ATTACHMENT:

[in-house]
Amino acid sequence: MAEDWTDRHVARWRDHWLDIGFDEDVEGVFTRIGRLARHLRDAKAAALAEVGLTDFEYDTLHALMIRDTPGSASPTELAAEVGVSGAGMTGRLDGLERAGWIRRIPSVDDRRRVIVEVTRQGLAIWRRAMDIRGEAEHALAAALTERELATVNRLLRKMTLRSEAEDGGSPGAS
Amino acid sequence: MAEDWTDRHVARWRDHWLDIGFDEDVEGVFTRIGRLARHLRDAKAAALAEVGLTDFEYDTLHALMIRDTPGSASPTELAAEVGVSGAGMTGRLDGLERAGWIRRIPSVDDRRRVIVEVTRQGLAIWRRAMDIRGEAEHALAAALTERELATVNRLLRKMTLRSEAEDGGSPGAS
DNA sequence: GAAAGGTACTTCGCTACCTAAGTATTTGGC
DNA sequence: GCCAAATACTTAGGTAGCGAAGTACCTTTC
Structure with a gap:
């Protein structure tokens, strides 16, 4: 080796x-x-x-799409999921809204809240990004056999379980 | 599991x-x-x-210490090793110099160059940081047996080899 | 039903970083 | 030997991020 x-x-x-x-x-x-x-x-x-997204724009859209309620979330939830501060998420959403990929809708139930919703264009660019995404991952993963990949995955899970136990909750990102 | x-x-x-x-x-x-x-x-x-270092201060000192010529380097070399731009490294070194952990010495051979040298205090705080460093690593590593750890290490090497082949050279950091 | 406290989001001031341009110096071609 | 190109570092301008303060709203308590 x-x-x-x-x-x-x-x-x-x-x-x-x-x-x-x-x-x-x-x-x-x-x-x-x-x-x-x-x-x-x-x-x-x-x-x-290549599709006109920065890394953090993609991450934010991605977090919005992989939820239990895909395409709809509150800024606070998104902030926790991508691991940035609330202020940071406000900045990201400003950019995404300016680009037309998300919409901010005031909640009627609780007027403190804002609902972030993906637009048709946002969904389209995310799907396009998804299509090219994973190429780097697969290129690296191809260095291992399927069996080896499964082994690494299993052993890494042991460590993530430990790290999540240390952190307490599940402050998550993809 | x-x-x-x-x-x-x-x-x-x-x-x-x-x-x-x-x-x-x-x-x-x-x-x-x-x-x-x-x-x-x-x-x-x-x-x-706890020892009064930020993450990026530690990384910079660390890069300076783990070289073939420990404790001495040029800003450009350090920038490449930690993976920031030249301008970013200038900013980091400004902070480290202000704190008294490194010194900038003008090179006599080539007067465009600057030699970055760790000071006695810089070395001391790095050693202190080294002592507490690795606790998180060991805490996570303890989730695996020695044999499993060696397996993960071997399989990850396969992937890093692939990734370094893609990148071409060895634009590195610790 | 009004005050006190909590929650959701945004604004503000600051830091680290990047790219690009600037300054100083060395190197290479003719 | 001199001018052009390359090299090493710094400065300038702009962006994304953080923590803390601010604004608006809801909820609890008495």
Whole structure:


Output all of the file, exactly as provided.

[in-house]
Amino acid sequence: MAEDWTDRHVARWRDHWLDIGFDEDVEGVFTRIGRLARHLRDAKAAALAEVGLTDFEYDTLHALMIRDTPGSASPTELAAEVGVSGAGMTGRLDGLERAGWIRRIPSVDDRRRVIVEVTRQGLAIWRRAMDIRGEAEHALAAALTERELATVNRLLRKMTLRSEAEDGGSPGAS
Amino acid sequence: MAEDWTDRHVARWRDHWLDIGFDEDVEGVFTRIGRLARHLRDAKAAALAEVGLTDFEYDTLHALMIRDTPGSASPTELAAEVGVSGAGMTGRLDGLERAGWIRRIPSVDDRRRVIVEVTRQGLAIWRRAMDIRGEAEHALAAALTERELATVNRLLRKMTLRSEAEDGGSPGAS
DNA sequence: GAAAGGTACTTCGCTACCTAAGTATTTGGC
DNA sequence: GCCAAATACTTAGGTAGCGAAGTACCTTTC
Structure with a gap:
């Protein structure tokens, strides 16, 4: 080796x-x-x-799409999921809204809240990004056999379980 | 599991x-x-x-210490090793110099160059940081047996080899 | 039903970083 | 030997991020 x-x-x-x-x-x-x-x-x-997204724009859209309620979330939830501060998420959403990929809708139930919703264009660019995404991952993963990949995955899970136990909750990102 | x-x-x-x-x-x-x-x-x-270092201060000192010529380097070399731009490294070194952990010495051979040298205090705080460093690593590593750890290490090497082949050279950091 | 406290989001001031341009110096071609 | 190109570092301008303060709203308590 x-x-x-x-x-x-x-x-x-x-x-x-x-x-x-x-x-x-x-x-x-x-x-x-x-x-x-x-x-x-x-x-x-x-x-x-290549599709006109920065890394953090993609991450934010991605977090919005992989939820239990895909395409709809509150800024606070998104902030926790991508691991940035609330202020940071406000900045990201400003950019995404300016680009037309998300919409901010005031909640009627609780007027403190804002609902972030993906637009048709946002969904389209995310799907396009998804299509090219994973190429780097697969290129690296191809260095291992399927069996080896499964082994690494299993052993890494042991460590993530430990790290999540240390952190307490599940402050998550993809 | x-x-x-x-x-x-x-x-x-x-x-x-x-x-x-x-x-x-x-x-x-x-x-x-x-x-x-x-x-x-x-x-x-x-x-x-706890020892009064930020993450990026530690990384910079660390890069300076783990070289073939420990404790001495040029800003450009350090920038490449930690993976920031030249301008970013200038900013980091400004902070480290202000704190008294490194010194900038003008090179006599080539007067465009600057030699970055760790000071006695810089070395001391790095050693202190080294002592507490690795606790998180060991805490996570303890989730695996020695044999499993060696397996993960071997399989990850396969992937890093692939990734370094893609990148071409060895634009590195610790 | 009004005050006190909590929650959701945004604004503000600051830091680290990047790219690009600037300054100083060395190197290479003719 | 001199001018052009390359090299090493710094400065300038702009962006994304953080923590803390601010604004608006809801909820609890008495």
Whole structure: